A good introduction or refresher to the baics of Mulligans and the decisions that go on behind them. A little out of date now, as it was written before the Vancouver Mulligan Rule came into existence, but still a solid starting point.
Thompson explains why linear decks are often not the strongest in any format. He uses this framework to explain why attacking on multiple angles gives your opponents more to think about, and making your games go longer means your opponents have more chances to make mistakes when they don’t know what you are doing.
“Being linear means you are the dead money in the tournament — the person everyone knows how to beat.” – Gerry Thompson, 2014
Thompson opens by explaining that the way your cards interact with each other dictates a level of power in your deck beyond stuffing it full of the most busted mythics you can find, but also beyond linear strategies where cards are too reliant on other pieces. The primary examples given deal with matching your removal to the rest of your deck, lining up your strengths and weaknesses in as advantageous as manner as you can, and then considering how this may be affected by what your opponent is doing. He also touches on the subject that is later explored in detail by Majors in the piece Traction.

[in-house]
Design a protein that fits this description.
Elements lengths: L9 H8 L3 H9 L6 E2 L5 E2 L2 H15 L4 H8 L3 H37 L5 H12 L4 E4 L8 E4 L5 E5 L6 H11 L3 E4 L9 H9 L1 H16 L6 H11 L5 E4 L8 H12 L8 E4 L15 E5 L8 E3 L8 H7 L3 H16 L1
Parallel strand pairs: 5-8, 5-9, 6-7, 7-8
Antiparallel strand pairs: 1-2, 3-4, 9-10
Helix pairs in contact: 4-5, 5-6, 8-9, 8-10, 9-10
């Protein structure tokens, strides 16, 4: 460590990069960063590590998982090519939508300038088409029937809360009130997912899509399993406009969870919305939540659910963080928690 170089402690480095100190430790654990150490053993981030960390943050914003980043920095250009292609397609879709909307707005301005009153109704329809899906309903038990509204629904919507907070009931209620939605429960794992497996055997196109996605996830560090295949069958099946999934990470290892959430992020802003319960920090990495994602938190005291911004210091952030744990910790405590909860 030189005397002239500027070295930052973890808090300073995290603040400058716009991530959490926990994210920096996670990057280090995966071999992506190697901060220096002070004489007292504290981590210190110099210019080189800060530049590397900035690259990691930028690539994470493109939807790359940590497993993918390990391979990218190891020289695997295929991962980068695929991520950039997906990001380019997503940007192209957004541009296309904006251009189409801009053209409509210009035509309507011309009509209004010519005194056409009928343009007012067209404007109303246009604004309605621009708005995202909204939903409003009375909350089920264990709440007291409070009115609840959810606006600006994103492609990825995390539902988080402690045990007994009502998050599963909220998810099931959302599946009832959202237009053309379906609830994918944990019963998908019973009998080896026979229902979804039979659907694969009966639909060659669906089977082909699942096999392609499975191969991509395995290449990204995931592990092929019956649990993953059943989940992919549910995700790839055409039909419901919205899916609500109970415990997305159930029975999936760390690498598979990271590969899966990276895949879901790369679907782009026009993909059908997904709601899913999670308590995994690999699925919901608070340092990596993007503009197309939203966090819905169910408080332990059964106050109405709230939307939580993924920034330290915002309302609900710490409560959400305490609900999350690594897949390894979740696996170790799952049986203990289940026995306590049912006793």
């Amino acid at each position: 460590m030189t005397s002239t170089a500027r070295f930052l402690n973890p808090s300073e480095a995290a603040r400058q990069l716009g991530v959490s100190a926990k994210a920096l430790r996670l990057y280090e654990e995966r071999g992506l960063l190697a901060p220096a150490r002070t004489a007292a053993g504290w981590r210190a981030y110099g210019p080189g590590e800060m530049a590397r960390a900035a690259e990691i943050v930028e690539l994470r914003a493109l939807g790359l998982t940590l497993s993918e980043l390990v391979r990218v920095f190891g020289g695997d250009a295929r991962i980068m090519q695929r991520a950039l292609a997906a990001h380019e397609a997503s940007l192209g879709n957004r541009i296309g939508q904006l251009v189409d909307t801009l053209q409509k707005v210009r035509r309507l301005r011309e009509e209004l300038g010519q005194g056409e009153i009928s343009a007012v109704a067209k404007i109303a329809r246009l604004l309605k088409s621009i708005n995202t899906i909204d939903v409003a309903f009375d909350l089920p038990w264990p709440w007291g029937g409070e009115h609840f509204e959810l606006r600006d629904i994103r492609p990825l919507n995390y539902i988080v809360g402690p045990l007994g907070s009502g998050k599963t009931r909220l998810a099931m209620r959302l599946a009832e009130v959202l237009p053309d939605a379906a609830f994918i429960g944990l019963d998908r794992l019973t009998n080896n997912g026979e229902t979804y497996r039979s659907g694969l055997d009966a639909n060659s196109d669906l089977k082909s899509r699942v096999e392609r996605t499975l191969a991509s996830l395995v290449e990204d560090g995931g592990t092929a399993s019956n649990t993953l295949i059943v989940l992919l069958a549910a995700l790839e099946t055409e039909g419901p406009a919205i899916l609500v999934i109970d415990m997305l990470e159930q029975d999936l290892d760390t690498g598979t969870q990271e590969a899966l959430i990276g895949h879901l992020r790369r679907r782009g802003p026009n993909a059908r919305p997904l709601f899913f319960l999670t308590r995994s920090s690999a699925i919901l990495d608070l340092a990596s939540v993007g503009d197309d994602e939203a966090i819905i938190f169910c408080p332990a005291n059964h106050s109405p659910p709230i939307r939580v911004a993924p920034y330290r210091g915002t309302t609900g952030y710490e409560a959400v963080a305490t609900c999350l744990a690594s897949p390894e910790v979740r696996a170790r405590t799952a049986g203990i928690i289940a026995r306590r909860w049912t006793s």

Despite the name, Paulo Vitor Damo da Rosa outlines 2 rules that help guide his decision making in game, explaining why it is often correct to make a worse play than one which appears available, if it takes away choice from your opponent. He also explains what to do when your opponent acts in a way that doesn’t force you into a line. At high level play this thinking is extremely useful, however it relies on both players agreeing on the value of pieces and plays, and can therefore be misleading when playing in a situation where you have a skill advantage over an opponent.
Recommended reading for every magic player. This article explains some of the key aspects of sideboarding, with excellent attention to detail.
A guide to (almost) everything you need to know about targeted discard spells. Recommended reading for anyone playing discard spells.
One of the most oft referenced pieces of magic writing, this article formed the foundation for understanding of role assignment for many players when it was first published on The Dojo. While the examples used may be a little tough to understand for newer players, the lessons it teaches are timeless.
Mirriam talks about fighting discard spells such as Thoughtseize, giving different advice for midrange, aggro, and unfair decks. While he avoids giving too many examples, all of the information is clear and well explained.
Anderson takes an in-depth look at the type of combo decks in magic and explains their strengths and weaknesses He also takes a look at transitional sideboards in these decks.
And Part 2 – By Brad Nelson (Paywall)
Nelson takes a lot of shallow looks at topics such as challenging your assumptions before deck choice, how to test ahead of a tournament, why he plays midrange, how to use the information you have earned to make in game decisions and sideboard, and then some tips on bluffing.
Honestly, a little hard to read and get information from owing to its fractured nature, but worth the effort.